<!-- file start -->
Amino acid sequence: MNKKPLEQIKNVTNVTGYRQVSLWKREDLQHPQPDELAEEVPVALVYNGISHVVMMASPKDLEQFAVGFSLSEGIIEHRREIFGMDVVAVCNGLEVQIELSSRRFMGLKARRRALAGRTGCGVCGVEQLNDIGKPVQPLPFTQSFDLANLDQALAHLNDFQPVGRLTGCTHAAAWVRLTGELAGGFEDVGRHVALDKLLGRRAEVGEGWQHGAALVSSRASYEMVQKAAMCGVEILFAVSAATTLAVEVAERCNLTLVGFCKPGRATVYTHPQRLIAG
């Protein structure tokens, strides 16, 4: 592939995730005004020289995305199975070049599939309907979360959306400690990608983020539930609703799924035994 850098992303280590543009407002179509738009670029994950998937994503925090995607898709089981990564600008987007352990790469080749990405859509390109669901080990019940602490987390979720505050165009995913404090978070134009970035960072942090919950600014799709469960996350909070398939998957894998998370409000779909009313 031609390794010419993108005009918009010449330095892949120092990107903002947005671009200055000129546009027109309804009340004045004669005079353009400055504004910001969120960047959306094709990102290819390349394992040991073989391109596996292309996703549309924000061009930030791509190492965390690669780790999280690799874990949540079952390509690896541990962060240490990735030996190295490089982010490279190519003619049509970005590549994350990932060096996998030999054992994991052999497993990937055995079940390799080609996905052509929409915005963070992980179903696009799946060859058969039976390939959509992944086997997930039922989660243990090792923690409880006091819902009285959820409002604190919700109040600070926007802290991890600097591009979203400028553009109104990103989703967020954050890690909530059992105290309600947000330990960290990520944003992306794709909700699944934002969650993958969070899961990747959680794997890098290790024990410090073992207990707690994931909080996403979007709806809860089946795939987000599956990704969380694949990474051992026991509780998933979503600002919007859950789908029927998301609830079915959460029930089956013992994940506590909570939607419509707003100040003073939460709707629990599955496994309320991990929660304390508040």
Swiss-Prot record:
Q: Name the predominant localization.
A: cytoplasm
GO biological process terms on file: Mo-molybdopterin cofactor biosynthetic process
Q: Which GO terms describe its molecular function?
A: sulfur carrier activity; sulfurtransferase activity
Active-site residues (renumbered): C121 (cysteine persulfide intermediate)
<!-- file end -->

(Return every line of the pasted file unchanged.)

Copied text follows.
Amino acid sequence: MNKKPLEQIKNVTNVTGYRQVSLWKREDLQHPQPDELAEEVPVALVYNGISHVVMMASPKDLEQFAVGFSLSEGIIEHRREIFGMDVVAVCNGLEVQIELSSRRFMGLKARRRALAGRTGCGVCGVEQLNDIGKPVQPLPFTQSFDLANLDQALAHLNDFQPVGRLTGCTHAAAWVRLTGELAGGFEDVGRHVALDKLLGRRAEVGEGWQHGAALVSSRASYEMVQKAAMCGVEILFAVSAATTLAVEVAERCNLTLVGFCKPGRATVYTHPQRLIAG
């Protein structure tokens, strides 16, 4: 592939995730005004020289995305199975070049599939309907979360959306400690990608983020539930609703799924035994 850098992303280590543009407002179509738009670029994950998937994503925090995607898709089981990564600008987007352990790469080749990405859509390109669901080990019940602490987390979720505050165009995913404090978070134009970035960072942090919950600014799709469960996350909070398939998957894998998370409000779909009313 031609390794010419993108005009918009010449330095892949120092990107903002947005671009200055000129546009027109309804009340004045004669005079353009400055504004910001969120960047959306094709990102290819390349394992040991073989391109596996292309996703549309924000061009930030791509190492965390690669780790999280690799874990949540079952390509690896541990962060240490990735030996190295490089982010490279190519003619049509970005590549994350990932060096996998030999054992994991052999497993990937055995079940390799080609996905052509929409915005963070992980179903696009799946060859058969039976390939959509992944086997997930039922989660243990090792923690409880006091819902009285959820409002604190919700109040600070926007802290991890600097591009979203400028553009109104990103989703967020954050890690909530059992105290309600947000330990960290990520944003992306794709909700699944934002969650993958969070899961990747959680794997890098290790024990410090073992207990707690994931909080996403979007709806809860089946795939987000599956990704969380694949990474051992026991509780998933979503600002919007859950789908029927998301609830079915959460029930089956013992994940506590909570939607419509707003100040003073939460709707629990599955496994309320991990929660304390508040």
Swiss-Prot record:
Q: Name the predominant localization.
A: cytoplasm
GO biological process terms on file: Mo-molybdopterin cofactor biosynthetic process
Q: Which GO terms describe its molecular function?
A: sulfur carrier activity; sulfurtransferase activity
Active-site residues (renumbered): C121 (cysteine persulfide intermediate)